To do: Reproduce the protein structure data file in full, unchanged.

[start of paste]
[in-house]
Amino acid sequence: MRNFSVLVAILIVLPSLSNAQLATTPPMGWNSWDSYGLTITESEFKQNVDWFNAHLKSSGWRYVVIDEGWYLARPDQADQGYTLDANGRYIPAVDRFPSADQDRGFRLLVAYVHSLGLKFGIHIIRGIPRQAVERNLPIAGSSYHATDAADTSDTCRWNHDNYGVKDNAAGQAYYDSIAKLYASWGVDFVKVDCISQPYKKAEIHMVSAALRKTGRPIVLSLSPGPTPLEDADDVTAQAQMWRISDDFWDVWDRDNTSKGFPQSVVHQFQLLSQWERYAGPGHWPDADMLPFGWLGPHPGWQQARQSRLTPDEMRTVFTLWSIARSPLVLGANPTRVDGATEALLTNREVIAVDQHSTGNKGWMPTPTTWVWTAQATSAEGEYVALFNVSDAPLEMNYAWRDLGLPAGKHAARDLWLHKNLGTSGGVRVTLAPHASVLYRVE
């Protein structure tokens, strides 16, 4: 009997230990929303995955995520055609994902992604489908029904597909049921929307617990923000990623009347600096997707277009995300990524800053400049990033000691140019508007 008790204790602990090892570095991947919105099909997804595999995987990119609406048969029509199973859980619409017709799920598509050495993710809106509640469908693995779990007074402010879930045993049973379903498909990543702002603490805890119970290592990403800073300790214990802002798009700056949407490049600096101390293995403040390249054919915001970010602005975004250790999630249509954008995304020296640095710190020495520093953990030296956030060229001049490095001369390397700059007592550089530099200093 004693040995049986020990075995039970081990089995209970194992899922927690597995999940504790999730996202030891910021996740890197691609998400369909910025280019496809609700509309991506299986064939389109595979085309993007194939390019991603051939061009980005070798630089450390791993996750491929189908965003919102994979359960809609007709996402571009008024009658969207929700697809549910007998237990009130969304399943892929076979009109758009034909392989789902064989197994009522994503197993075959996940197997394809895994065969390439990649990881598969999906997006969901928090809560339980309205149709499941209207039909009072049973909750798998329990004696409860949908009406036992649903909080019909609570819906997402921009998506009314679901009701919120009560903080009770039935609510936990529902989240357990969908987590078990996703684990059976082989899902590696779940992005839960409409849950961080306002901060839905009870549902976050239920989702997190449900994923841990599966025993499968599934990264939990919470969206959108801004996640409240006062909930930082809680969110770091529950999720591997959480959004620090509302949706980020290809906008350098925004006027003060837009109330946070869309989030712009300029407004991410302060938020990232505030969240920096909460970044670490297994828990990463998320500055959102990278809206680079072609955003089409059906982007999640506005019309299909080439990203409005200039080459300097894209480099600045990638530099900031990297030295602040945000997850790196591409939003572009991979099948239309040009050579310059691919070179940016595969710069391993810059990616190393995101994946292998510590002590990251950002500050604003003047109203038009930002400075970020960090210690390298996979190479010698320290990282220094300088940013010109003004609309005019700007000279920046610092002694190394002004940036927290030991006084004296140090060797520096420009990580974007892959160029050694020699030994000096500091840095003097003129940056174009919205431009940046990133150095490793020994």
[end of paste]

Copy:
[in-house]
Amino acid sequence: MRNFSVLVAILIVLPSLSNAQLATTPPMGWNSWDSYGLTITESEFKQNVDWFNAHLKSSGWRYVVIDEGWYLARPDQADQGYTLDANGRYIPAVDRFPSADQDRGFRLLVAYVHSLGLKFGIHIIRGIPRQAVERNLPIAGSSYHATDAADTSDTCRWNHDNYGVKDNAAGQAYYDSIAKLYASWGVDFVKVDCISQPYKKAEIHMVSAALRKTGRPIVLSLSPGPTPLEDADDVTAQAQMWRISDDFWDVWDRDNTSKGFPQSVVHQFQLLSQWERYAGPGHWPDADMLPFGWLGPHPGWQQARQSRLTPDEMRTVFTLWSIARSPLVLGANPTRVDGATEALLTNREVIAVDQHSTGNKGWMPTPTTWVWTAQATSAEGEYVALFNVSDAPLEMNYAWRDLGLPAGKHAARDLWLHKNLGTSGGVRVTLAPHASVLYRVE
């Protein structure tokens, strides 16, 4: 009997230990929303995955995520055609994902992604489908029904597909049921929307617990923000990623009347600096997707277009995300990524800053400049990033000691140019508007 008790204790602990090892570095991947919105099909997804595999995987990119609406048969029509199973859980619409017709799920598509050495993710809106509640469908693995779990007074402010879930045993049973379903498909990543702002603490805890119970290592990403800073300790214990802002798009700056949407490049600096101390293995403040390249054919915001970010602005975004250790999630249509954008995304020296640095710190020495520093953990030296956030060229001049490095001369390397700059007592550089530099200093 004693040995049986020990075995039970081990089995209970194992899922927690597995999940504790999730996202030891910021996740890197691609998400369909910025280019496809609700509309991506299986064939389109595979085309993007194939390019991603051939061009980005070798630089450390791993996750491929189908965003919102994979359960809609007709996402571009008024009658969207929700697809549910007998237990009130969304399943892929076979009109758009034909392989789902064989197994009522994503197993075959996940197997394809895994065969390439990649990881598969999906997006969901928090809560339980309205149709499941209207039909009072049973909750798998329990004696409860949908009406036992649903909080019909609570819906997402921009998506009314679901009701919120009560903080009770039935609510936990529902989240357990969908987590078990996703684990059976082989899902590696779940992005839960409409849950961080306002901060839905009870549902976050239920989702997190449900994923841990599966025993499968599934990264939990919470969206959108801004996640409240006062909930930082809680969110770091529950999720591997959480959004620090509302949706980020290809906008350098925004006027003060837009109330946070869309989030712009300029407004991410302060938020990232505030969240920096909460970044670490297994828990990463998320500055959102990278809206680079072609955003089409059906982007999640506005019309299909080439990203409005200039080459300097894209480099600045990638530099900031990297030295602040945000997850790196591409939003572009991979099948239309040009050579310059691919070179940016595969710069391993810059990616190393995101994946292998510590002590990251950002500050604003003047109203038009930002400075970020960090210690390298996979190479010698320290990282220094300088940013010109003004609309005019700007000279920046610092002694190394002004940036927290030991006084004296140090060797520096420009990580974007892959160029050694020699030994000096500091840095003097003129940056174009919205431009940046990133150095490793020994």